Through the inspired pen of Moses, God admonishes America (and every nation): “Beware that thou forget not the Lord thy God, in not keeping his commandments, and his judgments, and his statutes, which I command thee this day: Lest when thou hast eaten and art full, and hast built goodly houses, and dwelt therein; And when thy herds and thy flocks multiply, and thy silver and thy gold is multiplied, and all that thou hast is multiplied …. And thou say in thine heart, My power and the might of mine hand hath gotten me this wealth. But thou shalt remember the Lord thy God: for it is he that giveth thee power to get wealth, that he may establish his covenant which he sware unto thy fathers, as it is this day. And it shall be, if thou do at all forget the Lord thy God, and walk after other gods, and serve them, and worship them, I testify against you this day that ye shall surely perish” (Deuteronomy 8:11-13, 17-19).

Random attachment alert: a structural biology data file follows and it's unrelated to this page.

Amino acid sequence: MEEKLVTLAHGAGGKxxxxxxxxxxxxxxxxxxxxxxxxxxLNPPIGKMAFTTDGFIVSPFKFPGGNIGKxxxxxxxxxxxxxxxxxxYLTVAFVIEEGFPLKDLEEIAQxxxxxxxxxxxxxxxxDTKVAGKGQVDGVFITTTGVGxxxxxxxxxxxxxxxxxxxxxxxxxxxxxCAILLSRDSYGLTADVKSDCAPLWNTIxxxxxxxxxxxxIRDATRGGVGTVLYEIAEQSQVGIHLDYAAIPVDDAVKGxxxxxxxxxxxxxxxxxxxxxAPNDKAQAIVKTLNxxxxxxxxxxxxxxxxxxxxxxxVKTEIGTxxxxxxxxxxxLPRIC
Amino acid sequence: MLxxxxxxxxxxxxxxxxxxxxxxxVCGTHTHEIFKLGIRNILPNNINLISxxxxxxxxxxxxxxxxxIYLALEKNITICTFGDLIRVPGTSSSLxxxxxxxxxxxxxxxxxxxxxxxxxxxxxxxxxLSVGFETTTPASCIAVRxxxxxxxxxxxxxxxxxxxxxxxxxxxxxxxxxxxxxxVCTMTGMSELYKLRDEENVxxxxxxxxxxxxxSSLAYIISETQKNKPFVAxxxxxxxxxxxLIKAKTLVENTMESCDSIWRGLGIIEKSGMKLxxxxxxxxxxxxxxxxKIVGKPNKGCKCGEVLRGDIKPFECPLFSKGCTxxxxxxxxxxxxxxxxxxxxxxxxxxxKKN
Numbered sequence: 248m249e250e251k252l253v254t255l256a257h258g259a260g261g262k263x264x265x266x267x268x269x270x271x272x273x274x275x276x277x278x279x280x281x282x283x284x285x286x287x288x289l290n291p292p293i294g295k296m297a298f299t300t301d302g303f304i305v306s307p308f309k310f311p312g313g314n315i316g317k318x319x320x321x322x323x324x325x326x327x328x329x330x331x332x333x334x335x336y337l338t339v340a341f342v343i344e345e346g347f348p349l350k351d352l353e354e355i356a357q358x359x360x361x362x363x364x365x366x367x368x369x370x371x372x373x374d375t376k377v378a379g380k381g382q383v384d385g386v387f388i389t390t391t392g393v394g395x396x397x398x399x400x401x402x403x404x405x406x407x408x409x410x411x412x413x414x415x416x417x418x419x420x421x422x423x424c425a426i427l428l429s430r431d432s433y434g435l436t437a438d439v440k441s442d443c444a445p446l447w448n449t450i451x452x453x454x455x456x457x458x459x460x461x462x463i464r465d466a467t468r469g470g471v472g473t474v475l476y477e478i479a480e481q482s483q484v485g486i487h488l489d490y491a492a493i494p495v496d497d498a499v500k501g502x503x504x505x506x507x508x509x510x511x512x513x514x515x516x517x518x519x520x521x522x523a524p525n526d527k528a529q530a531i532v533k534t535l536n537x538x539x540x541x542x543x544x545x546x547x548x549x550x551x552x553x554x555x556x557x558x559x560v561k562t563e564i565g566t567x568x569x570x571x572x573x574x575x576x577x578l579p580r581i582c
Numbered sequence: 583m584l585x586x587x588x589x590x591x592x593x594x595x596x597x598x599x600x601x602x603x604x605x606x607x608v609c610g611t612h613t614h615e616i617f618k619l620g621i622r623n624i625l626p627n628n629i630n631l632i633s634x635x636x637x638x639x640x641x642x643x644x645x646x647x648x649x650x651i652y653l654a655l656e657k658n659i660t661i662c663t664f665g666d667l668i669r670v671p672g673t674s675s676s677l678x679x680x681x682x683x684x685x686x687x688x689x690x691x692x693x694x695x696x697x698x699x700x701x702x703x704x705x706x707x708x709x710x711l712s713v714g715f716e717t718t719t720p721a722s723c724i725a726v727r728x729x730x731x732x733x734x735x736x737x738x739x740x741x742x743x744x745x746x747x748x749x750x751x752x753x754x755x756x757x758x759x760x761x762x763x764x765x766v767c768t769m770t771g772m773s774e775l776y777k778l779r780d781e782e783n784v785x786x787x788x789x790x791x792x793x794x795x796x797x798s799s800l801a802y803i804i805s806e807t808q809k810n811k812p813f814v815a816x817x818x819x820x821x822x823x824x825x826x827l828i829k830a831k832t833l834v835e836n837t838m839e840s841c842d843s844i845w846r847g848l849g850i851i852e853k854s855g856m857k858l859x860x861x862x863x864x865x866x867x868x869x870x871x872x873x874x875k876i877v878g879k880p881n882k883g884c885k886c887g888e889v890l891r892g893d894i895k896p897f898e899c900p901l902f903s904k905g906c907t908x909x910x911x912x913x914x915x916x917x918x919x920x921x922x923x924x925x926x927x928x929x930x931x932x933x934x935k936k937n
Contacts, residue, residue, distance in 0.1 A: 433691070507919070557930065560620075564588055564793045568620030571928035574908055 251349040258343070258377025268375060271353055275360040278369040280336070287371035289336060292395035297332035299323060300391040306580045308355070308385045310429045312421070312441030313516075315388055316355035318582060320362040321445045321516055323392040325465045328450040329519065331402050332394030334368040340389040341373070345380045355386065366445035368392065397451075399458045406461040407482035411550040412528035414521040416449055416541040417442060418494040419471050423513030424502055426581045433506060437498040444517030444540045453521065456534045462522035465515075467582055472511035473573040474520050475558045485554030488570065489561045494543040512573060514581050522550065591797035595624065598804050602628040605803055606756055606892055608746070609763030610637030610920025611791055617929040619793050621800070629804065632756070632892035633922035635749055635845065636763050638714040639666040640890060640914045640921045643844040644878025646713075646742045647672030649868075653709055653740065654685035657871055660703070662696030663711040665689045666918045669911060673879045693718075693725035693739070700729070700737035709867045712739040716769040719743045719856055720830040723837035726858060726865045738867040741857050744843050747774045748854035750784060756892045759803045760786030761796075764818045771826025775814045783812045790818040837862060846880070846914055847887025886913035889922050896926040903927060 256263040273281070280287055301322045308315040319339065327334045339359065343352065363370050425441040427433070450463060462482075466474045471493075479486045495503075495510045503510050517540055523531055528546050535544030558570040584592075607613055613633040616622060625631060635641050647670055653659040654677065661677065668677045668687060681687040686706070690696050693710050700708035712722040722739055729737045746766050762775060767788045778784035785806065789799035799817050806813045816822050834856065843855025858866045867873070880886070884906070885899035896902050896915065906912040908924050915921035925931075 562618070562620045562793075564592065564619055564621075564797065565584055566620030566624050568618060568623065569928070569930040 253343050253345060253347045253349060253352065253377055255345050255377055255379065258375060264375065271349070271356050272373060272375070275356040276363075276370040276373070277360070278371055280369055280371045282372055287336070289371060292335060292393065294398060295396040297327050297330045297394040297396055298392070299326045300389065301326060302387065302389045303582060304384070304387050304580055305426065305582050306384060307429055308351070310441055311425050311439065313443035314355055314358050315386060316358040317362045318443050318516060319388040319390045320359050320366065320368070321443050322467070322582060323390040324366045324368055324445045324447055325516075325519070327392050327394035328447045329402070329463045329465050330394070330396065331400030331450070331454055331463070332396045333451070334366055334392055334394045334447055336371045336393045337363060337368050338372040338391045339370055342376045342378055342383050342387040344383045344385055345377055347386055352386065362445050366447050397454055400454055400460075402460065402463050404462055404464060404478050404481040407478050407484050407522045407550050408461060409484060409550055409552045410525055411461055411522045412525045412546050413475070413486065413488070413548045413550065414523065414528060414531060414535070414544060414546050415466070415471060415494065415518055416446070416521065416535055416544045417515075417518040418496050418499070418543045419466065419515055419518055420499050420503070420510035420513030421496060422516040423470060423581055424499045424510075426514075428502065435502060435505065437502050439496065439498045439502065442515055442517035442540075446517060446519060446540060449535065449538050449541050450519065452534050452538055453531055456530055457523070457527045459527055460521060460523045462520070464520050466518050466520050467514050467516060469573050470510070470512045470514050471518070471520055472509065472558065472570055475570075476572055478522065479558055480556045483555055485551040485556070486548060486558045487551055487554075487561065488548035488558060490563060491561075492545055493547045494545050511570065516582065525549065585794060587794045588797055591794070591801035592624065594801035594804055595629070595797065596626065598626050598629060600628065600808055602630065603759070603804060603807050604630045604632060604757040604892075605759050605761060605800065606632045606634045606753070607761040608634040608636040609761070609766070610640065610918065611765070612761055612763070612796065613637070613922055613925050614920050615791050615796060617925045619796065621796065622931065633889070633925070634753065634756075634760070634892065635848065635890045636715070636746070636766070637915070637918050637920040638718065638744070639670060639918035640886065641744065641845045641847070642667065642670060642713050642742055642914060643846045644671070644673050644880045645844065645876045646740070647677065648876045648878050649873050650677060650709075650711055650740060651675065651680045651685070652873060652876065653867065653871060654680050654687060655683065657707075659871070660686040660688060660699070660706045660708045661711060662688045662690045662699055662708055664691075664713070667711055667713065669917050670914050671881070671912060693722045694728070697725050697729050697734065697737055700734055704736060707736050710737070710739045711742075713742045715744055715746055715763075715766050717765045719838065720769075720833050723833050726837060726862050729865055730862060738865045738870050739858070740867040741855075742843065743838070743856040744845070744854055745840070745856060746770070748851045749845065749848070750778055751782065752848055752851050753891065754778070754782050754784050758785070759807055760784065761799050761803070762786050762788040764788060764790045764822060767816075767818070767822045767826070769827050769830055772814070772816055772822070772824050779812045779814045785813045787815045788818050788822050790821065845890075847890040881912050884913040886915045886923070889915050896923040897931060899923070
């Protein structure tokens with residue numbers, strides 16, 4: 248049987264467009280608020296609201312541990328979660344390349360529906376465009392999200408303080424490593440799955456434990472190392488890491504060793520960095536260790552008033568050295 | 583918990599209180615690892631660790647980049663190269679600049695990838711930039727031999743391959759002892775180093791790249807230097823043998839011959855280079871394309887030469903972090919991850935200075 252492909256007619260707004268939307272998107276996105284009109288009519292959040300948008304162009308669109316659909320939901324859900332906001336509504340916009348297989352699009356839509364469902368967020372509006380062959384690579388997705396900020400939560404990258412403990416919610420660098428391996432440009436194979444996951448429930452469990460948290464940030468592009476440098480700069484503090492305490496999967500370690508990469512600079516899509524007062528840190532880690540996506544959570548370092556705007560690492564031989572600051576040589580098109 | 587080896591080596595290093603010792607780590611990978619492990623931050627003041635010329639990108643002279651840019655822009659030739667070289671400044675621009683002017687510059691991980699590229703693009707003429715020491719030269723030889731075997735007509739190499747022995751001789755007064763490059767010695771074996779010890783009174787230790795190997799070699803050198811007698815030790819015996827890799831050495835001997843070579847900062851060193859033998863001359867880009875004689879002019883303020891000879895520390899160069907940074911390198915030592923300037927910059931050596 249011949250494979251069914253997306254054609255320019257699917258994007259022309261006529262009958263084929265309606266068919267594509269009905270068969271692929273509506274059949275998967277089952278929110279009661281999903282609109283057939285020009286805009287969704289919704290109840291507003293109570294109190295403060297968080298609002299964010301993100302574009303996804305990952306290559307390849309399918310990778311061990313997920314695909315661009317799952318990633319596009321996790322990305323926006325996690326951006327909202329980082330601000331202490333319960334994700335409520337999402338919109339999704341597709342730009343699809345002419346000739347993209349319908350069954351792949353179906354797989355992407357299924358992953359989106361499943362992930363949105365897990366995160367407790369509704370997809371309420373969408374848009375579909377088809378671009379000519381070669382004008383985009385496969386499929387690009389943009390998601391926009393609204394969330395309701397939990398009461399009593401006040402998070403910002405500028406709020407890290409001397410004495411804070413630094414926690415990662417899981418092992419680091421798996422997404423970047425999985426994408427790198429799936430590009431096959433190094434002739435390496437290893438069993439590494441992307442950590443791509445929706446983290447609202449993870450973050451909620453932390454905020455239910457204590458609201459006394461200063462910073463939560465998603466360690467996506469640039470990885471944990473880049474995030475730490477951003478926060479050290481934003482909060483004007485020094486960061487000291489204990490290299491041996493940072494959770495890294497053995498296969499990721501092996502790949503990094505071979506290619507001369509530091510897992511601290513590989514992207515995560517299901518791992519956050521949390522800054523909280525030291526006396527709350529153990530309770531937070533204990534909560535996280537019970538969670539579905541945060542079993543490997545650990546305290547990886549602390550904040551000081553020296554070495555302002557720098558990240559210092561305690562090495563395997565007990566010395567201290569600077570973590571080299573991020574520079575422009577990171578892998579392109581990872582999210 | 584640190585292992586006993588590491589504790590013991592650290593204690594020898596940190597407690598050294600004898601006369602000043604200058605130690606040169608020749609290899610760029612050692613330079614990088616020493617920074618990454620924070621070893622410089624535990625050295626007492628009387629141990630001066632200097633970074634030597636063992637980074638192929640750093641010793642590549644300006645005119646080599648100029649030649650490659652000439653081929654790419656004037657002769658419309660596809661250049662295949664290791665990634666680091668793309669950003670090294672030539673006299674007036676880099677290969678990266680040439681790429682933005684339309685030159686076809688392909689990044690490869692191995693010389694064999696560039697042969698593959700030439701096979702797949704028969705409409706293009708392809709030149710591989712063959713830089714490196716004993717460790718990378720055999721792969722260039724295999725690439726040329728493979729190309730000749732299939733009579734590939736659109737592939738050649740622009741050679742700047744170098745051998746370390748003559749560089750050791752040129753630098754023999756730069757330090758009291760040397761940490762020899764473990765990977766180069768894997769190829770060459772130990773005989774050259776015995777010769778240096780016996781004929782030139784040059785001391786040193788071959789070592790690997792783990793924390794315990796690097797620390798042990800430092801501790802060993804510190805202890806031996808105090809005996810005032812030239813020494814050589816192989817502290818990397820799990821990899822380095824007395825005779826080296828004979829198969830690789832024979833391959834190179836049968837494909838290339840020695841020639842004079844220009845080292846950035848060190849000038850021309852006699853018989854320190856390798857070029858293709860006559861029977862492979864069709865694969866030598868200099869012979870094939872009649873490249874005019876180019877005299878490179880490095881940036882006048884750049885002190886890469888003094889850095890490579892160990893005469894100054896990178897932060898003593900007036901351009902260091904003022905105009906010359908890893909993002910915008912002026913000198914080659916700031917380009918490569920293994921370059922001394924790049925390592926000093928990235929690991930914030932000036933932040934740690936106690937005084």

That is a sobering warning. But there is good news: If we would individually thank God, and remember it is He who gives us all good things—and obey Him—He would gladly shower His abundant blessings upon us. God says He desires to lavish us with prosperity (Deuteronomy 28:1-14). But He cannot tolerate disobedient, rebellious, ungrateful attitudes.

Our Creator is a great God of mercy. Just like a physical father doesn’t like having to discipline his children, neither does God want to punish us. He doesn’t want to see anyone perish. “[T]urn ye, turn ye from your evil ways; for why will ye die, O house of Israel?” He asks (Ezekiel 33:11; see also 18:31).

How much thanksgiving we give to God could very well be an indicator or measurement of the degree to which God will spare and protect us from future punishments! Think about that.

Count Your Blessings